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Research Article| Volume 66, ISSUE 3, P300-304, March 1991

Stiff-Man Syndrome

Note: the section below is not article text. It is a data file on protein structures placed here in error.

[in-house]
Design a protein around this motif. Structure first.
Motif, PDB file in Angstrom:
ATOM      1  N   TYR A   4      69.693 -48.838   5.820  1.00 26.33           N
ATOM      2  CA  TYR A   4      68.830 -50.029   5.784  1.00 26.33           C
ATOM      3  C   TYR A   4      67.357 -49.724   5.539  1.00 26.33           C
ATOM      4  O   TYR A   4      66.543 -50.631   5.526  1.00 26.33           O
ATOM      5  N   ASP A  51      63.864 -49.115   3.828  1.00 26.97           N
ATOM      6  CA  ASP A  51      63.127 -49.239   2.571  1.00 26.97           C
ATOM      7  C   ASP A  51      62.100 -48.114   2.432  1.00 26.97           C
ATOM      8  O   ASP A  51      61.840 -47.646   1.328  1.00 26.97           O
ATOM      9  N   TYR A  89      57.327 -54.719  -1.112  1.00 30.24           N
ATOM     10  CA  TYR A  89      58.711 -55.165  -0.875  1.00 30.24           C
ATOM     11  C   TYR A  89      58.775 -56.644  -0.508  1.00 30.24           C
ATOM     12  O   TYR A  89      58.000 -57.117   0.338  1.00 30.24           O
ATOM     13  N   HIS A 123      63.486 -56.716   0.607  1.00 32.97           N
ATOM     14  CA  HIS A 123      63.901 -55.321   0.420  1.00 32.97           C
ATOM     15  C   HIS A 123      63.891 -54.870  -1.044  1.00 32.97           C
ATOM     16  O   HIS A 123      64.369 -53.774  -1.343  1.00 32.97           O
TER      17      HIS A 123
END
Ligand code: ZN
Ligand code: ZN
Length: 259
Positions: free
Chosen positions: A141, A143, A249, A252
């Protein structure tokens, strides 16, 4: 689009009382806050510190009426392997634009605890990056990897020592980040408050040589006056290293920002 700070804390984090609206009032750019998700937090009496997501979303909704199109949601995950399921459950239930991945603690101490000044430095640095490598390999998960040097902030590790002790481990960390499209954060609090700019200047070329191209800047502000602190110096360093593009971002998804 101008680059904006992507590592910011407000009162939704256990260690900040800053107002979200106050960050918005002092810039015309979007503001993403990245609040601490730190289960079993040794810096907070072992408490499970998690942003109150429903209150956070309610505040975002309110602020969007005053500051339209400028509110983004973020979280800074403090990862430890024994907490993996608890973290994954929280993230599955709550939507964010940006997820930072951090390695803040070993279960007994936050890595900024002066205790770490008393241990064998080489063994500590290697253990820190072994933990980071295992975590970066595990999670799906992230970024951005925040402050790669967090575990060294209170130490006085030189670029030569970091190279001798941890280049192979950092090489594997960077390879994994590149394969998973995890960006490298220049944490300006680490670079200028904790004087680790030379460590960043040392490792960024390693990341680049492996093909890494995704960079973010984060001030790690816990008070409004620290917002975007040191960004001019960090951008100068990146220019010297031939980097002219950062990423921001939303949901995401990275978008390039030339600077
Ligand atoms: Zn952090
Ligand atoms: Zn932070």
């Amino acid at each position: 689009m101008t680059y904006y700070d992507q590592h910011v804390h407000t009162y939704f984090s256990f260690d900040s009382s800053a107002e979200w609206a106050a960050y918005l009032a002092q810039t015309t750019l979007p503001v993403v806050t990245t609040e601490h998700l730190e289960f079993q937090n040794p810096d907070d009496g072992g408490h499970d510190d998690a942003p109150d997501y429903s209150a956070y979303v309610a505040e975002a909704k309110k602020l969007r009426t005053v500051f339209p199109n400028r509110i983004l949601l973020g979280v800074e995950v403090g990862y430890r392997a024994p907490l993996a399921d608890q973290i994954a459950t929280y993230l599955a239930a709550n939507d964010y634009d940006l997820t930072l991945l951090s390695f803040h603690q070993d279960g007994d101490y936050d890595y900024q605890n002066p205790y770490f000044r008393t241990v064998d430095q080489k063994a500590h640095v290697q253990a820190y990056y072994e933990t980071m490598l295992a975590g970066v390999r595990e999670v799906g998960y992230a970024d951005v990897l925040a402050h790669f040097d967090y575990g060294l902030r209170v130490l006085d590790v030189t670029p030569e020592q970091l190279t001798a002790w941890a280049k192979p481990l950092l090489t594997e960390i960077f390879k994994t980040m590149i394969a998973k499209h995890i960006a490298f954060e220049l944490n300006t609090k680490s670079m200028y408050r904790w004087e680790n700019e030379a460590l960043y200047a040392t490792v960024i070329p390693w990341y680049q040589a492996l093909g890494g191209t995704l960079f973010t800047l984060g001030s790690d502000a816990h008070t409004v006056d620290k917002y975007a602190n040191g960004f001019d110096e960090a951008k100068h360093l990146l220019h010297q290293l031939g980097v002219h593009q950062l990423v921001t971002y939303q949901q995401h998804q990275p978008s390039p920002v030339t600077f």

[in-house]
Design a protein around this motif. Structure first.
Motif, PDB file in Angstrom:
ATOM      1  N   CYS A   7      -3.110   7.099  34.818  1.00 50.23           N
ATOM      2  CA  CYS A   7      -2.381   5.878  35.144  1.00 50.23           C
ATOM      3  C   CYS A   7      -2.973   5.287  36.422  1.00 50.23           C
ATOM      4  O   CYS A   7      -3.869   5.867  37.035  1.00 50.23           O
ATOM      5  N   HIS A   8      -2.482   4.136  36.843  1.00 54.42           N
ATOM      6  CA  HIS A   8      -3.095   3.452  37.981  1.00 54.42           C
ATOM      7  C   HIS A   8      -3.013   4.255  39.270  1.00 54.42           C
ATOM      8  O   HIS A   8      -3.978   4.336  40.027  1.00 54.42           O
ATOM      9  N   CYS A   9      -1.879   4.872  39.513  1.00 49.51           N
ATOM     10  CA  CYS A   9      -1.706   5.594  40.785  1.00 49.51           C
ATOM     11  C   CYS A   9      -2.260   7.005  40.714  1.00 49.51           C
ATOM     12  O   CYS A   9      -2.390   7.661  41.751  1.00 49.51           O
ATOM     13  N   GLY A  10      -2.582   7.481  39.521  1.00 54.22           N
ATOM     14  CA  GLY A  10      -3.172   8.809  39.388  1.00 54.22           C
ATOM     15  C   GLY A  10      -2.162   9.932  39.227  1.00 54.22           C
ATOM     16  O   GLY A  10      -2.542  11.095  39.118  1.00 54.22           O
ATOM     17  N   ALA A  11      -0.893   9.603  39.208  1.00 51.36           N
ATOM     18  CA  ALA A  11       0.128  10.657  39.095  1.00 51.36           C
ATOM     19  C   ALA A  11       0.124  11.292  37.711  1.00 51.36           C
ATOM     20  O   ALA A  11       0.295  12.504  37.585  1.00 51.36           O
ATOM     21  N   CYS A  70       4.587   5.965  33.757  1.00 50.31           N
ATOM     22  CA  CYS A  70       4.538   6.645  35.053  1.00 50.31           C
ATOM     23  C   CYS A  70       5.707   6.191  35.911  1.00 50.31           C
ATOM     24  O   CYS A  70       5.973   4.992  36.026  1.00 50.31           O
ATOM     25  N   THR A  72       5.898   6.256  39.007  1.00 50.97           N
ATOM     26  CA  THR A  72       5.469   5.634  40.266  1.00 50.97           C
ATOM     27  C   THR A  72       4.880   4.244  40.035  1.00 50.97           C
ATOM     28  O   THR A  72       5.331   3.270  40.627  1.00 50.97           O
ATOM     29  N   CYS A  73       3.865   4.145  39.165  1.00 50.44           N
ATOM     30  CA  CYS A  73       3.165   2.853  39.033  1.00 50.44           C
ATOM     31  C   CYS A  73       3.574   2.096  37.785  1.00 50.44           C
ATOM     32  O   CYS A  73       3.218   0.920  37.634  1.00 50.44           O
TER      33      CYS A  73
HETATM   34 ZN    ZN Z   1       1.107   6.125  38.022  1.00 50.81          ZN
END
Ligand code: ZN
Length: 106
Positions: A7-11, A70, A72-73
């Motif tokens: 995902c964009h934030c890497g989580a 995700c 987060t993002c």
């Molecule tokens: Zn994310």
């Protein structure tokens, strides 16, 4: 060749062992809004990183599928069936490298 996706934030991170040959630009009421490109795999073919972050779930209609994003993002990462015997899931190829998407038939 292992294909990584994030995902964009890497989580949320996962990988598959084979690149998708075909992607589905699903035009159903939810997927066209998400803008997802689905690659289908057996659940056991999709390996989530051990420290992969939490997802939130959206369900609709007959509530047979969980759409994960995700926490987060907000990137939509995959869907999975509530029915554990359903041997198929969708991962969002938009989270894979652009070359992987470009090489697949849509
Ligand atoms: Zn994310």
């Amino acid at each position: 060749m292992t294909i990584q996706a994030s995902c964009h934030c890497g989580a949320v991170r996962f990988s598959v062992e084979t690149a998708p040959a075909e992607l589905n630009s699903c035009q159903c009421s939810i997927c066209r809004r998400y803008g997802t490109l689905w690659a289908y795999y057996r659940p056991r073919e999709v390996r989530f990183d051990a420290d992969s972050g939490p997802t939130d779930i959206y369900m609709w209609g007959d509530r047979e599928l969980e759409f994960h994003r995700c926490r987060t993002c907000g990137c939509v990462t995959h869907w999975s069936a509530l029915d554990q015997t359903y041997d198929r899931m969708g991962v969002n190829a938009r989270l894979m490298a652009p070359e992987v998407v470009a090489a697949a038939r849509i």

Stiff-man syndrome (Moersch-Woltman syndrome) is a rare disorder of motor function characterized by involuntary stiffness of axial muscles and superimposed painful muscle spasms, which are often induced by startle or emotional stimuli. The standard treatment has been benzodiazepines. An association has been reported between stiff-man syndrome and epilepsy, insulin-dependent diabetes, and a variety of organ-specific autoimmune disorders. Antibodies directed against glutamic acid decarboxylase and against pancreatic islet cells have been detected in the serum and cerebrospinal fluid of patients with stiff-man syndrome. These findings suggest that stiff-man syndrome may be an autoimmune disease. Preliminary reports indicate that patients with stiff-man syndrome have a favorable response to plasma exchange and corticosteroid therapy.
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